Giosafat Barbaro Biography
Giosafat Barbaro (1413–1494) was one of the most famous explorers, diplomats, merchants and travel writers of the 15th century, managing to travel across the all territories that were under the influence of both Venetian state and his Barbaro family that managed to produce many notable members who were involved in church, diplomacy, arts, military, philosophy and science. The most important parts of his life were when he visited Greek colony and city of Tana on the delta of Don river that is part of modern Russia, ambassador to Persia and numerous books in which he told the tales he collected on his journeys.
Giosafat Barbaro (also known under the name Giosaphat and Josaphat) was born Campo di Santa Maria Formosa in 1413 as the son of Antonio and Franceschina Barbaro. Little is known about his early life before he became member of the Venetian state in 1431, and when he married with Nona Duodo with whom he had three children. Between 1436 and 1452 he spent his time in Genoese colony Tana, where he served as a merchant and a diplomat. During his stay there he recorded many events, including his expedition to the supposed burial mound of the last King of the Alans. He managed to find its location, but he did not find any riches there (modern historians believe he discovered buried kitchen midden). Some of his most notable diplomatic and military exploits from that time were successful mission in which he persuaded Tartars not to attack Tana, fights against Circassian raiders, and securing of diplomatic relations with several cities in the regions including Solcati, Soldaia, Cembalo, Caffa and Russian Novogorod. In 1452 Venetian traders left the area of Crimea because of Ottoman Turks’ advance with trading services.
After that time, Giosafat Barbaro became more involved in politics and he secured from Venetian stete ruling position in Albania where he started to clash with Turk forces. By 1471, after unsuccessful attempt to secure the help of Persia in the fight against the Turks, Venetian state managed to get the support of Papal States, the Kingdom of Cyprus and the Knights of Rhodes. In 1472, Giosafat Barbaro was elected to become the Venetian ambassador to Persia, but his arrival to that country was delayed by his long stay in Cyprus where he was involved in significant political and military battles. When he arrived in Persia at last, Venetian state already dispatched his replacement, and in the same time, death of Persian leader Uzun Hassan caused significant internal struggles with his sons fighting for the throne. Giosafat Barbaro was then forced to flee from Persia, hiring the help of Armenian guide who led him from Persia to Erzerum, Aleppo, and Beirut until he finally managed to return to Venice in 1479. At home he was met with strong opposition who accused him of taking too much time to reach Persia, but he managed to hold his position and was elected in following years into several more positions of notice, including Captain of Rovigo, Provveditore of all Polesine, and one of the councilors of Doge Agostino Barbarigo, chief magistrate of Venice.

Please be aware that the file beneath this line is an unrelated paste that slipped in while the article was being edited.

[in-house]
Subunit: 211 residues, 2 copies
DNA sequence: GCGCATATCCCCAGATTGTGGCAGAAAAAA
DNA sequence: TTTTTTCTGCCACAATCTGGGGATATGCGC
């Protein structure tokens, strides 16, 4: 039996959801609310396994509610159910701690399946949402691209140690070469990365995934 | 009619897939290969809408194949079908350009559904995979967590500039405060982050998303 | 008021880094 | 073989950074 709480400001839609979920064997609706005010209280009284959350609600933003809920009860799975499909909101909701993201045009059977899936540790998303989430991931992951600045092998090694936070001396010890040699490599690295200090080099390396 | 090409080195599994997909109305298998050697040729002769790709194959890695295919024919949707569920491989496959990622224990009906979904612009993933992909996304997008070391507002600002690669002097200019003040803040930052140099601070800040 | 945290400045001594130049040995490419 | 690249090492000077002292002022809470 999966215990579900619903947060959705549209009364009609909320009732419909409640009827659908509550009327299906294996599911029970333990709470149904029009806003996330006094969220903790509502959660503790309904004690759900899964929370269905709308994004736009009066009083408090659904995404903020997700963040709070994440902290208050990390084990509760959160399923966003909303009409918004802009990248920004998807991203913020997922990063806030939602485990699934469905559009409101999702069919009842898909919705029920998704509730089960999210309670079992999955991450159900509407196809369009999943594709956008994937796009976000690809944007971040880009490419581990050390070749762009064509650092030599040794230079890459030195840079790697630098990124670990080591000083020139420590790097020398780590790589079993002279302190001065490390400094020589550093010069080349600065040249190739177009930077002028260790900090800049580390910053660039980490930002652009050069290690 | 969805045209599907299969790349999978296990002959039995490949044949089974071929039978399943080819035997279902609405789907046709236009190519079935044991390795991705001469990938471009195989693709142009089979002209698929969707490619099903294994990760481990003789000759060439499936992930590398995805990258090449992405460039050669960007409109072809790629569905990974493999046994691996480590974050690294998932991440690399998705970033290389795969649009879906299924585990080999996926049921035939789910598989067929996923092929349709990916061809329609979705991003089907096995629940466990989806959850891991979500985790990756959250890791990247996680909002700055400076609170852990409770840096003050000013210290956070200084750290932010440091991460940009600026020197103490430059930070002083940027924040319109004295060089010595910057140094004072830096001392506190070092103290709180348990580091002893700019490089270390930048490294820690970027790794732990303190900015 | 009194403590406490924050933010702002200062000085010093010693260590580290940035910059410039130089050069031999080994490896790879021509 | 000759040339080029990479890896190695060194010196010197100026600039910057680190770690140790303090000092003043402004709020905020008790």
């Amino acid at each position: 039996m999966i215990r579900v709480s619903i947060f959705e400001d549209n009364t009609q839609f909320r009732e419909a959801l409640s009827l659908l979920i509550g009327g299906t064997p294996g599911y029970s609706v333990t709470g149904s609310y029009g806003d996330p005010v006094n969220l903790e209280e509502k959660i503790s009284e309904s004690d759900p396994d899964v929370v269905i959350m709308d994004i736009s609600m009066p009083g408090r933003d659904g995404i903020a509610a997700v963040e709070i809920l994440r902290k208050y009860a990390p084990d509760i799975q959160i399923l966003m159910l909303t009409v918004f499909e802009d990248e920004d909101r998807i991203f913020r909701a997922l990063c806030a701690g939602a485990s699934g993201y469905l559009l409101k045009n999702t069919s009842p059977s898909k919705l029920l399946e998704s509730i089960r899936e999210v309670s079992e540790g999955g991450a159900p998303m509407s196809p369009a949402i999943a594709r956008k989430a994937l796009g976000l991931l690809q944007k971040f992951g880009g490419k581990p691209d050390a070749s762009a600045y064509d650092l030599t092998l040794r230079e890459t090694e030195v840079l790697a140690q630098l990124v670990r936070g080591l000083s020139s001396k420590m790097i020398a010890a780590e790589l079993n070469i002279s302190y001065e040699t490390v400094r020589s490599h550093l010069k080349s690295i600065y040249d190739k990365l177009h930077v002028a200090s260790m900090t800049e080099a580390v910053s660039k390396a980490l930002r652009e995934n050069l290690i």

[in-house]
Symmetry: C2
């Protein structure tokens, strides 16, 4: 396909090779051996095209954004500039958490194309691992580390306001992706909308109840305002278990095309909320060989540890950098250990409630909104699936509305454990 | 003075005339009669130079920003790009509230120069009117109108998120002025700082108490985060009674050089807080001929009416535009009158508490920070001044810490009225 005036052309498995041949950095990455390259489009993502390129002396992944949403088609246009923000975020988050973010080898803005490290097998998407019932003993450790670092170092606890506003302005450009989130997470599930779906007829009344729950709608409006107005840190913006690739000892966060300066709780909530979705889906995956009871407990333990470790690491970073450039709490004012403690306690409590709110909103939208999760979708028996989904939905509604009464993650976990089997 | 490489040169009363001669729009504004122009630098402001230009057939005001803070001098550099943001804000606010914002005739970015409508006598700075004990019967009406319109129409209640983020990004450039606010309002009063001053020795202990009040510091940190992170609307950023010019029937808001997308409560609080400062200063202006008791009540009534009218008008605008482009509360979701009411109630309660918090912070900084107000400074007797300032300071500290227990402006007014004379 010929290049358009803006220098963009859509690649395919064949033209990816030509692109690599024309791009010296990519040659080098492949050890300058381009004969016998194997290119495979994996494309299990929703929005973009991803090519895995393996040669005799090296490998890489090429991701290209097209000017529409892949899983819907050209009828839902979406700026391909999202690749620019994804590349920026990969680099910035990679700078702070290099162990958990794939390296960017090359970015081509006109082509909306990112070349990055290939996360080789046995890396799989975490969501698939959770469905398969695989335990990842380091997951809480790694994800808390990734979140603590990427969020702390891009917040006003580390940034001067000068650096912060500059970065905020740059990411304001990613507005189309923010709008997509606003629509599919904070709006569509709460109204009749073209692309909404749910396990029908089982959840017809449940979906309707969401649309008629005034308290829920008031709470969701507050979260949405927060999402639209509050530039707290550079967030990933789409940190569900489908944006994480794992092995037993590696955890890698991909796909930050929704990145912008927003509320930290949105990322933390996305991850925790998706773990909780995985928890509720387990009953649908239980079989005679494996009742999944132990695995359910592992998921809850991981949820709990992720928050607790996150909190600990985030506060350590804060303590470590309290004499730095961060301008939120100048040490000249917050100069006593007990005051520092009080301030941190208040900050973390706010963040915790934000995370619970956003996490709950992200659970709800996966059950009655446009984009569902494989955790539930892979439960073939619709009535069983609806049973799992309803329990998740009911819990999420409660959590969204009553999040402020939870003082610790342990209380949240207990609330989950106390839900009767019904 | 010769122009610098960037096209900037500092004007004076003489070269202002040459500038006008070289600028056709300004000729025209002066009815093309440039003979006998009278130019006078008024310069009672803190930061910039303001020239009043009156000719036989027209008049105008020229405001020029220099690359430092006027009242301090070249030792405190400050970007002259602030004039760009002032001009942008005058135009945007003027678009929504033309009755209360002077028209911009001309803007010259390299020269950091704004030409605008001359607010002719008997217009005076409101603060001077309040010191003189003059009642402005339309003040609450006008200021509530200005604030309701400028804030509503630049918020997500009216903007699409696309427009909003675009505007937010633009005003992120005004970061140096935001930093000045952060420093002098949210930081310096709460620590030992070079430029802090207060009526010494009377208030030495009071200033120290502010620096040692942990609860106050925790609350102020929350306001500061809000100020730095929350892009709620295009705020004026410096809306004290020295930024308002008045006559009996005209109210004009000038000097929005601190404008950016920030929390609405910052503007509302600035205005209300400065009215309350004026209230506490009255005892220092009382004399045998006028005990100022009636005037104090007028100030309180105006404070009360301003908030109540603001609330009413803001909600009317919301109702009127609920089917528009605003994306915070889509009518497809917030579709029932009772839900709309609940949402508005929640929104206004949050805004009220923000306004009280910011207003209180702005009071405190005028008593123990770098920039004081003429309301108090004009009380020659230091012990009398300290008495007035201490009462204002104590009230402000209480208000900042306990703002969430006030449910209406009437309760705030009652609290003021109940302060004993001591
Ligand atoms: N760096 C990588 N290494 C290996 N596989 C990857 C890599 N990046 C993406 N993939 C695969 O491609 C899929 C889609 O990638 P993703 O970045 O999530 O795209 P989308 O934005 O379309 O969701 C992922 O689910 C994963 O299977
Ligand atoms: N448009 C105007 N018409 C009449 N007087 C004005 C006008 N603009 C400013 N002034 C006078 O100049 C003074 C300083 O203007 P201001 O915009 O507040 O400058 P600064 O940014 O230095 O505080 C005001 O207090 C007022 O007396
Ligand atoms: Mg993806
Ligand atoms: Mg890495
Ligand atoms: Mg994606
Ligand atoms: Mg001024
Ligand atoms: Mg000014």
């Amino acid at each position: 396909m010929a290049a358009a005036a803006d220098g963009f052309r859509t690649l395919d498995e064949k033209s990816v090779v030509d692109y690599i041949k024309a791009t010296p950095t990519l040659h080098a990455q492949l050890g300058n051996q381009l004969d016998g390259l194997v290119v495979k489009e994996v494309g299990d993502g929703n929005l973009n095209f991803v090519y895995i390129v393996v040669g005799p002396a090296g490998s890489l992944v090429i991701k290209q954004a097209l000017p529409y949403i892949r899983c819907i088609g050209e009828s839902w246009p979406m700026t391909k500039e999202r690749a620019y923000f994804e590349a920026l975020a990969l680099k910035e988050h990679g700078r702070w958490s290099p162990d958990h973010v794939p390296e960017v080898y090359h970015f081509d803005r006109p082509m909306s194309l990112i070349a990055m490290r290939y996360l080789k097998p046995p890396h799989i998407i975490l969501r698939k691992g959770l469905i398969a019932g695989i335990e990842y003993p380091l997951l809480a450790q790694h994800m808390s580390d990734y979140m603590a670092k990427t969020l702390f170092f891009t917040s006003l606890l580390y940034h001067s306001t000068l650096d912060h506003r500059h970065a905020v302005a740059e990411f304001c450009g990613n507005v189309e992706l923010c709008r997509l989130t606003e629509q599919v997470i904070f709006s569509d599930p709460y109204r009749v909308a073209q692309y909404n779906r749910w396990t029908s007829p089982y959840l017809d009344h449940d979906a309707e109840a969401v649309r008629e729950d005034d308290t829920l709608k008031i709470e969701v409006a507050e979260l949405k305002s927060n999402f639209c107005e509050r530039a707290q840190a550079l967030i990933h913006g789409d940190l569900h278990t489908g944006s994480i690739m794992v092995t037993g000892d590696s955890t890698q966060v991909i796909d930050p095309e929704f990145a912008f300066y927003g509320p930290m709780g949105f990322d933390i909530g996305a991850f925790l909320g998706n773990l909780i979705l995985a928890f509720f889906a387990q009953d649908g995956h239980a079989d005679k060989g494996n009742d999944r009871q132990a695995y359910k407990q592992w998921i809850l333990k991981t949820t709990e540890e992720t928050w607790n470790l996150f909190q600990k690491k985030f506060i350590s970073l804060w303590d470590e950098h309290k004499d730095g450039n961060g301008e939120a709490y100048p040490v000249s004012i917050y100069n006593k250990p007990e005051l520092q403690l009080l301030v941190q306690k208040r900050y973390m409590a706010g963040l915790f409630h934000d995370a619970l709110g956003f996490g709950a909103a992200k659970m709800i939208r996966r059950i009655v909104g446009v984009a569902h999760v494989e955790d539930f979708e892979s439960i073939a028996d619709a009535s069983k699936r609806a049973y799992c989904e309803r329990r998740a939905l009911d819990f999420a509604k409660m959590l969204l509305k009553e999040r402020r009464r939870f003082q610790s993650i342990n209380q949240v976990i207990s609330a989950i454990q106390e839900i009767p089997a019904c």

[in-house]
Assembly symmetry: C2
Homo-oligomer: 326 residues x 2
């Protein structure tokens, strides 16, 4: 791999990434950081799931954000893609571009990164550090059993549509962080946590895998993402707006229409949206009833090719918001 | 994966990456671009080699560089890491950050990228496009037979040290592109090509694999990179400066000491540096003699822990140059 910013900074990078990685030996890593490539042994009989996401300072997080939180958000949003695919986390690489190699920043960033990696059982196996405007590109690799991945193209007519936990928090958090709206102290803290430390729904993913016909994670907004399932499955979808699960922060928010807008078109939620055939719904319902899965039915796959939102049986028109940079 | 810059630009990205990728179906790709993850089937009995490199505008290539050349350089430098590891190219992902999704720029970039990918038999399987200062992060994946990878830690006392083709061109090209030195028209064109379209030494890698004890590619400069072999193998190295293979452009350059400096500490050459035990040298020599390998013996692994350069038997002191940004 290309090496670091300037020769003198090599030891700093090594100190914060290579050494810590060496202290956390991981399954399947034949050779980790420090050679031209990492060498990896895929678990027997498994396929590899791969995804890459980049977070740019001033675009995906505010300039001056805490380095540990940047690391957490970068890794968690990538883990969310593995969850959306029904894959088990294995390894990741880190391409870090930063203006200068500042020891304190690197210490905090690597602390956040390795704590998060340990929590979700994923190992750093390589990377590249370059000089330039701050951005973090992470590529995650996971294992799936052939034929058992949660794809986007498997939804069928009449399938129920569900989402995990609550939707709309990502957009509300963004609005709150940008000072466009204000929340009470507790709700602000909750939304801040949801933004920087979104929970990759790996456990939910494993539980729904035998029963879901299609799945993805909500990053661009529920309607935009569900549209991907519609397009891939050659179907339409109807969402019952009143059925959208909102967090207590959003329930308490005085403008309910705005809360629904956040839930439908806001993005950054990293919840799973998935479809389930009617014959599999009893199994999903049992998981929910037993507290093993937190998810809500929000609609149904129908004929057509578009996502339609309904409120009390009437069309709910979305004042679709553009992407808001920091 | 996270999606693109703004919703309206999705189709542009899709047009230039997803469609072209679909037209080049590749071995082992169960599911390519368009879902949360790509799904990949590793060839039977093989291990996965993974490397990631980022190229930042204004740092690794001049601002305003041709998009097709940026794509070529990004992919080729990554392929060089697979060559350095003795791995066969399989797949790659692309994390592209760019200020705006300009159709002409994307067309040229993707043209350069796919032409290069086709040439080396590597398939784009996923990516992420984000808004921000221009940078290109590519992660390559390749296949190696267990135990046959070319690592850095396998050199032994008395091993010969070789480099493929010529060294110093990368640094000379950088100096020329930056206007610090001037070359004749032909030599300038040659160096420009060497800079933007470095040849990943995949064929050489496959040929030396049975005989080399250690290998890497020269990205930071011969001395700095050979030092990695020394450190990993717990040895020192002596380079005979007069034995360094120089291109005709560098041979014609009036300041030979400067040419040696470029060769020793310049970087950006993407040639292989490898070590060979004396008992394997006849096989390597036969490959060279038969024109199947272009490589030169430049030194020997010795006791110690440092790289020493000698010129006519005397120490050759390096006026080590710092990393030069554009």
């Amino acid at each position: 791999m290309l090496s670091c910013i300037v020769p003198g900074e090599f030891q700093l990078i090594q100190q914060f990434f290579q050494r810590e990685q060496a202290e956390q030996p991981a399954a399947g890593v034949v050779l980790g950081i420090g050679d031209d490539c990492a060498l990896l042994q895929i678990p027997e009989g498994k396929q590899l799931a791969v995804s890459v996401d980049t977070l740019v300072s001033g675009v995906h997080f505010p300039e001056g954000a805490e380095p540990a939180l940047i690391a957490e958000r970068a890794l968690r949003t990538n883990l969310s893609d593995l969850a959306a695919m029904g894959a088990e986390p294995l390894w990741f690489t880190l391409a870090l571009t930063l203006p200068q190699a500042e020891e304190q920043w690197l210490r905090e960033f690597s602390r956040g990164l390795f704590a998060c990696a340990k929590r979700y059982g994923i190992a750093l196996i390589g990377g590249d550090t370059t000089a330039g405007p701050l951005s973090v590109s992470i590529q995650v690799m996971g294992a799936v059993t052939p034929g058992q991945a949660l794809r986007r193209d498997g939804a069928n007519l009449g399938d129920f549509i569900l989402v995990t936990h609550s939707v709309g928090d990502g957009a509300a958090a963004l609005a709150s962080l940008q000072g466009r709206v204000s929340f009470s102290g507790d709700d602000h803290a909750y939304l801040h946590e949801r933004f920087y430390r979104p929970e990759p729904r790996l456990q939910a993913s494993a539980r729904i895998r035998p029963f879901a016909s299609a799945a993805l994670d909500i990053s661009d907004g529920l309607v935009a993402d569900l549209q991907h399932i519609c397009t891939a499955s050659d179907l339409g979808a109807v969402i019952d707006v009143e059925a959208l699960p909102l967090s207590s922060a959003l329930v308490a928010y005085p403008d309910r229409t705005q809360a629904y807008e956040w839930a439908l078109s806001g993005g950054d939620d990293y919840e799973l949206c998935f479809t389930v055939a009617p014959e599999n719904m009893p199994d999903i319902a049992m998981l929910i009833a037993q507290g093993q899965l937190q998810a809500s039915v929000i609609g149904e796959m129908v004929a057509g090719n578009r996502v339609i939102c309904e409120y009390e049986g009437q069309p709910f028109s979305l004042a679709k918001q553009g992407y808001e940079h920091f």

Giosafat Barbaro died in 1494 and was buried in the church of San Francesco della Vigna in Venice.